Theatre Royal Drury Lane
Theatre Royal Drury Lane
Perhaps the most historic of London's theatres, the Theatre Royal dates back to the early 17th century. After the restoration of the monarchy in 1670 a new theatre was built on this site, to a design by Sir Christopher Wren.

It seems that as early as Shakespeare's day there was a theatre outside the old city walls of London on the eastern side of Drury Lane, dubbed 'The Cockpit'. Its site is remembered in the name of Pitt Lane, formerly Cockpit Alley.

It seems very likely that early theatres offered more rowdy forms of entertainment, such as cockfights. Indeed, the original name for a theatre 'pit' was 'cock-pit'.

Around the time of the Restoration of the Monarchy in 1660 Thomas Kelligrew, Page of Honour to Charles II, leased a plot of land from the Earl of Bedford between the parishes of St Paul's, Covent Garden and St Martin-in-the-Fields. Kelligrew spent the enormous sum of £1500 to build a theatre, under a royal charter from his master Charles II. A copy of the royal charter is proudly displayed inside the present theatre (the original is in the nearby Theatre Museum).

The first play performed at the new playhouse was The Humorous Lieutenant, a comedy by Beaumont and Fletcher, which Pepys called 'a silly play', though he seems delighted to have been invited to meet one of the actresses after the performance. In 1665 Nell Gwynn made her debut on stage at the new theatre, and it was here that Charles II first set eyes on his mistress-to-be.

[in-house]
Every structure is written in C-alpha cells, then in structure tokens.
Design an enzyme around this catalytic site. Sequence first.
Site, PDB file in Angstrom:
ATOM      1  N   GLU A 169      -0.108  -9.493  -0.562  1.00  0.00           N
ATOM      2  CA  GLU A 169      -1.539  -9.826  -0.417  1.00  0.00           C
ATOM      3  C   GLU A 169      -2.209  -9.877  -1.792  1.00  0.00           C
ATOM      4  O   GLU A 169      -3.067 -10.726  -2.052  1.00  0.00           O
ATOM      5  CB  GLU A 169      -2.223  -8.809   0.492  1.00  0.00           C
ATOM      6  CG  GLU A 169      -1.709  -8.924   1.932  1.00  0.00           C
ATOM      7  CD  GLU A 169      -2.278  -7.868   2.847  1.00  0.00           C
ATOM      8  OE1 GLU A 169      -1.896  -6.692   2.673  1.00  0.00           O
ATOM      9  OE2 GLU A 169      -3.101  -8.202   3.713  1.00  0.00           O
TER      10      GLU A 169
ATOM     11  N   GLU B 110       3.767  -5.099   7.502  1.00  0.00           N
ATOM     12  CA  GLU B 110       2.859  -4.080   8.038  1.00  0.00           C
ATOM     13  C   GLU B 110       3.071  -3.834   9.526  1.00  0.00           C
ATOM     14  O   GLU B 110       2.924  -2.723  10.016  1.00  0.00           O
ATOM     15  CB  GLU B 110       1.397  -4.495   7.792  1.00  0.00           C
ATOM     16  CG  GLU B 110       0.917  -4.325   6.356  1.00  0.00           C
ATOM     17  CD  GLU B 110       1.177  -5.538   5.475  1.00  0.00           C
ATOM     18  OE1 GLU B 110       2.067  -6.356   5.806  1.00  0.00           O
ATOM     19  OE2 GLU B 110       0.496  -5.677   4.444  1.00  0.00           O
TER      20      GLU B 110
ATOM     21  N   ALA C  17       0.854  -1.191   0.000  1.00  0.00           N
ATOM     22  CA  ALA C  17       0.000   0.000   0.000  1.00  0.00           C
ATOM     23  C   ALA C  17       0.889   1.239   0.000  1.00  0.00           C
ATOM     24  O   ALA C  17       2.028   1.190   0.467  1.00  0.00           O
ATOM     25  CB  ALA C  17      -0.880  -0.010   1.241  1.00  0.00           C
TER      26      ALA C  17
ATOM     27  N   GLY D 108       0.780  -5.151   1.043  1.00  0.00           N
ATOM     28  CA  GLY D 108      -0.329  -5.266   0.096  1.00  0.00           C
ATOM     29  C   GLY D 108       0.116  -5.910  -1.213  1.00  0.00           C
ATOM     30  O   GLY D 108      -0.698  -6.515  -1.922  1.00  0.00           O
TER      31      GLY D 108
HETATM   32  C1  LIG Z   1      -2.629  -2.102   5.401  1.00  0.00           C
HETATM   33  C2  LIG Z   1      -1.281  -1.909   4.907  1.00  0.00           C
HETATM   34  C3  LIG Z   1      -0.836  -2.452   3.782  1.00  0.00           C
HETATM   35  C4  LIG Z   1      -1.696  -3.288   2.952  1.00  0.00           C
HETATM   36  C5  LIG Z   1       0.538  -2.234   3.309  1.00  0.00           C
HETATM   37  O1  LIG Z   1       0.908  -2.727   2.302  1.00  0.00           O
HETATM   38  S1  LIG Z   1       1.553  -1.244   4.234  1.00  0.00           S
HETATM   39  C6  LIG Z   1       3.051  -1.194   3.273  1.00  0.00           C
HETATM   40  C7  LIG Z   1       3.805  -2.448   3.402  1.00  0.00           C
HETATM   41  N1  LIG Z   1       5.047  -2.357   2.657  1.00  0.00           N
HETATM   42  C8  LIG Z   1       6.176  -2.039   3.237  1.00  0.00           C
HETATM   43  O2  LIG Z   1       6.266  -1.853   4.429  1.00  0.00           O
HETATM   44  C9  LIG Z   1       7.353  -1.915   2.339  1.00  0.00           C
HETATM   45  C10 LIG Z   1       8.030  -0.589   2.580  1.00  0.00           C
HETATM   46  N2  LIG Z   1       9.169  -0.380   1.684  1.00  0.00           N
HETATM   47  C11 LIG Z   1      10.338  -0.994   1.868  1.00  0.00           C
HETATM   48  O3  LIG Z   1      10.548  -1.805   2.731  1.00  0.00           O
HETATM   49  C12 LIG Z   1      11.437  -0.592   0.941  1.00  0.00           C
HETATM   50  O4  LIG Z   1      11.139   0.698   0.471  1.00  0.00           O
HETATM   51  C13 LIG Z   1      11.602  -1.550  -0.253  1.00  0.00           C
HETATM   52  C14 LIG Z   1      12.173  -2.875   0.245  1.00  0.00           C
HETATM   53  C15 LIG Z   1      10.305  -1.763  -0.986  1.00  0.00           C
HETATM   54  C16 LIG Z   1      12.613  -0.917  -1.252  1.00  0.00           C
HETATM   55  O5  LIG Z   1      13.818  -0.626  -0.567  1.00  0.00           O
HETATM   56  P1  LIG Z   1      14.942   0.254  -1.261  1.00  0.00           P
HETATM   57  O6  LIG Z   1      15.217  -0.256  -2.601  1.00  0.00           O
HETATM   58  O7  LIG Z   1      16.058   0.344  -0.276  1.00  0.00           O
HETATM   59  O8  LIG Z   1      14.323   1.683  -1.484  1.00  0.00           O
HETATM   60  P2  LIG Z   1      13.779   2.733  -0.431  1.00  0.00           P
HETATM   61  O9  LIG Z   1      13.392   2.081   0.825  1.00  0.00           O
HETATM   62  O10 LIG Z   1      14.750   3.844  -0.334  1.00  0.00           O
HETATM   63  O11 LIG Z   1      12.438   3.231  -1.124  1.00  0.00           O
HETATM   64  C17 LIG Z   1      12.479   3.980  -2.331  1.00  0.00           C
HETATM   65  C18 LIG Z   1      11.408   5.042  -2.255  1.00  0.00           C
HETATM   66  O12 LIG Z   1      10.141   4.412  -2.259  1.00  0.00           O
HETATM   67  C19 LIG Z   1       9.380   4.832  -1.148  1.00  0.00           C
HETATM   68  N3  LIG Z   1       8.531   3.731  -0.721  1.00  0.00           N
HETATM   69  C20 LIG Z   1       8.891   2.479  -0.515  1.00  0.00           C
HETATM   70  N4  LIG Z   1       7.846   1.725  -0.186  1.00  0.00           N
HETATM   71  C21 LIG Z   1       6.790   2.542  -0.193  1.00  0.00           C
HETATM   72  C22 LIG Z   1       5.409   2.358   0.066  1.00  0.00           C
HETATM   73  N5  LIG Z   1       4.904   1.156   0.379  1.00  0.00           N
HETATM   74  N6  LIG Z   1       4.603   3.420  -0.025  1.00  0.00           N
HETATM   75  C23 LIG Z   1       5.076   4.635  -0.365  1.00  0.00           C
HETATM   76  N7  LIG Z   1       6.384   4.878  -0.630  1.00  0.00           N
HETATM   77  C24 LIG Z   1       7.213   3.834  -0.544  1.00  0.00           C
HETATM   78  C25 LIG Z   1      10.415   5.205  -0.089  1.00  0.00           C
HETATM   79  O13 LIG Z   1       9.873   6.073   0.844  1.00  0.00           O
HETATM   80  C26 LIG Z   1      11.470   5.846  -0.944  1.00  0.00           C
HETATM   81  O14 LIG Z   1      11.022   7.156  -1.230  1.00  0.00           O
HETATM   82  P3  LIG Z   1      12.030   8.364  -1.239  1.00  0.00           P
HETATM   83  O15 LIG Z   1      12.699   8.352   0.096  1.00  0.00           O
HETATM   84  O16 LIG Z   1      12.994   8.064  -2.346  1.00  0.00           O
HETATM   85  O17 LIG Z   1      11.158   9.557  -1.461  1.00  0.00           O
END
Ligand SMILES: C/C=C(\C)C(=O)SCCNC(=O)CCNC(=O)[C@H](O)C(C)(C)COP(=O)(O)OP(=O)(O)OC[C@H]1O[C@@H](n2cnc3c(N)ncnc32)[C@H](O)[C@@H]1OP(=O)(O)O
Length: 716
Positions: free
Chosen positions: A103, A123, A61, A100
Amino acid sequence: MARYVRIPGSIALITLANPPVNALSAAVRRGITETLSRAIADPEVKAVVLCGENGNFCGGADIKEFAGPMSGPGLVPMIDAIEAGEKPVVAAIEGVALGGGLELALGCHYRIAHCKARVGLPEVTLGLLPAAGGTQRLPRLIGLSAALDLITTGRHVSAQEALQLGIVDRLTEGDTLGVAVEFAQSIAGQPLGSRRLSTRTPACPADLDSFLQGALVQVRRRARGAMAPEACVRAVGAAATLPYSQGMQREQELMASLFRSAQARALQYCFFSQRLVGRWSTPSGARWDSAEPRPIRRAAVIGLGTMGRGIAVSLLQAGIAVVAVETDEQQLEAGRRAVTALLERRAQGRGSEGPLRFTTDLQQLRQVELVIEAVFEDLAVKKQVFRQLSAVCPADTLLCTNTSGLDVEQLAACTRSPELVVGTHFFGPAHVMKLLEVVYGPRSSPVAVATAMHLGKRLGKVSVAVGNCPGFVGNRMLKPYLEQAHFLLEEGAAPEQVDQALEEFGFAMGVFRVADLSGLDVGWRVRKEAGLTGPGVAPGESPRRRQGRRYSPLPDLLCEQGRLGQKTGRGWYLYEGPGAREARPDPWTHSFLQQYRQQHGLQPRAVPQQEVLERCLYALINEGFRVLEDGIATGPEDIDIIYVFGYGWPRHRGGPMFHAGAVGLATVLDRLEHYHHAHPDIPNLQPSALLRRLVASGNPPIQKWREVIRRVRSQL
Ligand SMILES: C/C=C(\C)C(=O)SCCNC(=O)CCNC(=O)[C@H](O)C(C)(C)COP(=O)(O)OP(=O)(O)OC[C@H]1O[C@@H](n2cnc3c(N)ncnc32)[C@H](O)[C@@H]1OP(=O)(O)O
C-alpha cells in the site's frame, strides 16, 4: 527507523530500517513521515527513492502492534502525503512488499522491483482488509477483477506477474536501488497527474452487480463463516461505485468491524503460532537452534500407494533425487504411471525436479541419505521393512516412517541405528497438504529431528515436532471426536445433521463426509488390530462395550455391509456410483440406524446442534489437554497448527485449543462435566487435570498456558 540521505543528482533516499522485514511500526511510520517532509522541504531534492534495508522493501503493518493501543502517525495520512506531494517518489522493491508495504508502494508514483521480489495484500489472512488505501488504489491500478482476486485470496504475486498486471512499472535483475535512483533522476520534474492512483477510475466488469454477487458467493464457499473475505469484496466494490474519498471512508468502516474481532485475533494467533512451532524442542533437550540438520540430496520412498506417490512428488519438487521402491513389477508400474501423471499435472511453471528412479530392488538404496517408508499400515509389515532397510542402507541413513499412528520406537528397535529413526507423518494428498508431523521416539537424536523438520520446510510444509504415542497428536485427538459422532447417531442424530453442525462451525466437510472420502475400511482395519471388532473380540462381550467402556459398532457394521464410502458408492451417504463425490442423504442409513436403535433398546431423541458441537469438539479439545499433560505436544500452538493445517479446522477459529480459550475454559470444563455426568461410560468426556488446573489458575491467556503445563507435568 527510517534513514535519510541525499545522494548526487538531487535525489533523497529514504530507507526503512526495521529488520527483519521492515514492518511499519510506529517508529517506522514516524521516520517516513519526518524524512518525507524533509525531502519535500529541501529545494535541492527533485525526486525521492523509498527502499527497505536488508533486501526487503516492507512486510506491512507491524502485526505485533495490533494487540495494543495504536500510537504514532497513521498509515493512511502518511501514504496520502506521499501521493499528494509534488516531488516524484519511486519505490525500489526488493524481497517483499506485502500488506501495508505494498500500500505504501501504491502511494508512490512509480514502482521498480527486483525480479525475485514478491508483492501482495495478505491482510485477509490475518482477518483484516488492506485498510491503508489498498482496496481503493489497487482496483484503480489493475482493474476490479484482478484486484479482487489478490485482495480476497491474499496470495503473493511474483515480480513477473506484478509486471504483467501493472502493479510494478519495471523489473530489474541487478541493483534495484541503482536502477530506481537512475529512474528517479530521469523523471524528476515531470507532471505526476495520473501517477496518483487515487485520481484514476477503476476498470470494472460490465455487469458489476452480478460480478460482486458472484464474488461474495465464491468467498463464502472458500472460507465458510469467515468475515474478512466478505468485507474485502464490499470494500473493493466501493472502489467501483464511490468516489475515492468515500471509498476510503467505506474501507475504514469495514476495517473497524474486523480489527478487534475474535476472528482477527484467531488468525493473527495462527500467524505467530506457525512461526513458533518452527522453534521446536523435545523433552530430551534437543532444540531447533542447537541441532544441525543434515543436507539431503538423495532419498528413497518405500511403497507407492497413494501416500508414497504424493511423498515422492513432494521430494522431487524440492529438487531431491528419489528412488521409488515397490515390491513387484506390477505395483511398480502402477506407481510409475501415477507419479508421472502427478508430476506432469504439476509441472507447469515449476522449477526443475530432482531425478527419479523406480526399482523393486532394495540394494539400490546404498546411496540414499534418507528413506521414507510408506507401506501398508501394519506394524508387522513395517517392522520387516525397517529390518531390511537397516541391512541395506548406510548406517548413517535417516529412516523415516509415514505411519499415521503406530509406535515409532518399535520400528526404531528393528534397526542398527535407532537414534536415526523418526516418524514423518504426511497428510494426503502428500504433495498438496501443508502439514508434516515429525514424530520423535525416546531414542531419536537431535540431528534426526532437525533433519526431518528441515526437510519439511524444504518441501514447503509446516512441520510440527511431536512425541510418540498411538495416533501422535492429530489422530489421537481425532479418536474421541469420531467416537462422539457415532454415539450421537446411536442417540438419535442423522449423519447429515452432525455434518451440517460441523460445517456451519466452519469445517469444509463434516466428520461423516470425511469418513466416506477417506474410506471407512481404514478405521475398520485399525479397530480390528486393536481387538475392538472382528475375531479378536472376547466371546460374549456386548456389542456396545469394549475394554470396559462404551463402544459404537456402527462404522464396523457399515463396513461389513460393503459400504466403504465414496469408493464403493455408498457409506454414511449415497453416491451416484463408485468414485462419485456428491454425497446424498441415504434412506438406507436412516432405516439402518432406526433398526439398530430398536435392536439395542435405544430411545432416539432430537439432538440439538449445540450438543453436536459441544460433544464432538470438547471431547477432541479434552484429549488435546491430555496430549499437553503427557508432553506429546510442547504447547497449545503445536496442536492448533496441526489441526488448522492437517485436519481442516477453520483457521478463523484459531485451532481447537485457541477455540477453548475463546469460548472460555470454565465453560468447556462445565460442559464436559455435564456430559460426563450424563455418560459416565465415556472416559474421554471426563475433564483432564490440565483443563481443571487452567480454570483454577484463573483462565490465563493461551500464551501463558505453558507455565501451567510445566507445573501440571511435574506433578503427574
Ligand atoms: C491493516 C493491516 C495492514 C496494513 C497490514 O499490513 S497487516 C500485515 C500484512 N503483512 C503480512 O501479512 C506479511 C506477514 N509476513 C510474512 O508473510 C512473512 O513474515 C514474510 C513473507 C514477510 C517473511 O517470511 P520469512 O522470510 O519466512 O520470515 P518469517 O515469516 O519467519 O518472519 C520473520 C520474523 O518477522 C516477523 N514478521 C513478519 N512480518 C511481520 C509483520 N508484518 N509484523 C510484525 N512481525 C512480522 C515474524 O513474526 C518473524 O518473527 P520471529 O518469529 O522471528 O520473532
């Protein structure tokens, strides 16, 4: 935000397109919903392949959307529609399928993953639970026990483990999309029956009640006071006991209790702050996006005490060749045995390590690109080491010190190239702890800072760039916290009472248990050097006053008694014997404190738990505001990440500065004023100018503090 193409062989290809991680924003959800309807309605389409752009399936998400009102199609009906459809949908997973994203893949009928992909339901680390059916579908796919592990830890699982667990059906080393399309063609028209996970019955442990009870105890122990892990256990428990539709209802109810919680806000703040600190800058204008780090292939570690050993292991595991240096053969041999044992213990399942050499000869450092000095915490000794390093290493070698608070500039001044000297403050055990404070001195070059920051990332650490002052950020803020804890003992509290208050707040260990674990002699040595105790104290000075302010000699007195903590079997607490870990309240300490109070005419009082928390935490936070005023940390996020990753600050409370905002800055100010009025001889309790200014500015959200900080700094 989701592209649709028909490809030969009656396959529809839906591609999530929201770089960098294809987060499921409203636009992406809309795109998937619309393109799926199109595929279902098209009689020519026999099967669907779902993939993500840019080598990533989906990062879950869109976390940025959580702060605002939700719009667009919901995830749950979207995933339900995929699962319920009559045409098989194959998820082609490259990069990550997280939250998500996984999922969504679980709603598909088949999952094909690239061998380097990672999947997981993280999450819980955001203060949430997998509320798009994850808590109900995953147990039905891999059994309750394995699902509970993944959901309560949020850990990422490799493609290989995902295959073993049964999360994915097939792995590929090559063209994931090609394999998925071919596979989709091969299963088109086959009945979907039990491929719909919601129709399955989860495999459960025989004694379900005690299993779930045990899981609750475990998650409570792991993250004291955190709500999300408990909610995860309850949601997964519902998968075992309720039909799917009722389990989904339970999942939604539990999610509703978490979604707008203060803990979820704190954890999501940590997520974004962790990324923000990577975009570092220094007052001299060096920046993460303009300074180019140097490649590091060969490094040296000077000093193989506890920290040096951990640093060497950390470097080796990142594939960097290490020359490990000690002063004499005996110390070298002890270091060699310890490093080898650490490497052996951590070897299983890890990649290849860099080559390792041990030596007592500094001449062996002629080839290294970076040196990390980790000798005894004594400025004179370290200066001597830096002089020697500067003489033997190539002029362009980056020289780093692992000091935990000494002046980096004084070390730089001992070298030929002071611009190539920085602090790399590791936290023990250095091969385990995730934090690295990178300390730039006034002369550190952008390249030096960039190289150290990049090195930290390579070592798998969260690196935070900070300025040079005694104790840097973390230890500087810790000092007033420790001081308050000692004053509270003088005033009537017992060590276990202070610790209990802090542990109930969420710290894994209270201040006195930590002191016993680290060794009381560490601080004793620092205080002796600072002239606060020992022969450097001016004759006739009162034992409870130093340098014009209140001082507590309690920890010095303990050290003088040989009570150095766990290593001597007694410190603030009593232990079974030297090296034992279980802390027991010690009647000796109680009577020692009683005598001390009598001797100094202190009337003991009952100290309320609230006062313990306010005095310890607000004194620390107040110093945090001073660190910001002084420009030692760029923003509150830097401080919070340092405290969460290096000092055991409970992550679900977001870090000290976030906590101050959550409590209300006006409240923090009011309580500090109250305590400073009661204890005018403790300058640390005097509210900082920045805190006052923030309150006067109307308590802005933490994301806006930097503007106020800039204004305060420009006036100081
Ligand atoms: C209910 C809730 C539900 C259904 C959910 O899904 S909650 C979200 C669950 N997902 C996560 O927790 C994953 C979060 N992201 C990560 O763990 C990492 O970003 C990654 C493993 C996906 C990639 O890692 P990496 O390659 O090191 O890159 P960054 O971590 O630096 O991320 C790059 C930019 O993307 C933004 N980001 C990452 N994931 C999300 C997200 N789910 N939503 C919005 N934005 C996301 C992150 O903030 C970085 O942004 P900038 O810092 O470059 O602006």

The Nell of Old Drury pub
The Nell of Old Drury pub

The first theatre was burned to the ground in 1672, so Kelligrew built a second, more elaborate theatre on the same site. That theatre opened in 1674, with a performance attended by Charles II.

Actors were known as 'His Majesty's Servants', and were entitled to wear the royal livery of scarlet. Perhaps the most famous member of 'His Majesty's Servants' was David Garrick, of whom Alexander Pope declared, 'That young man never had his equal as an actor, and he will never have a rival.'. Garrick served as manager from 1747-1776, and was succeeded by Richard Sheridan, best known as the author of The School for Scandal, which was first performed here in 1777.

Sheridan demolished the 17th-century building in 1791 to make way for a new theatre designed by Henry Holland. Holland's theatre featured the first known safety curtain, but it still burned down in 1809, so a fourth theatre was built, this time designed by Benjamin Watts. It is Watts's building that we can see today. With a capacity of 2,205 it is still one of the largest theatres in London's West End. It was financed by a Committee of Renters under the leadership of Samuel Whitbread, the brewer, and the first Chairman of the Board was the poet, Lord Byron.

During WWII the theatre was hit by a gas bomb which miraculously failed to explode, though part of the theatre burned.

Though the theatre name suggests it is located on Drury Lane, it only backs onto that street; the front entrance is actually on Catherine Street.

Across Catherine Street from the theatre entrance is the Nell of Old Drury pub. An underground tunnel links the pub and the theatre, and rumour has it that the tunnel was used by Charles II to secretly visit his mistress, Nell Gwynn.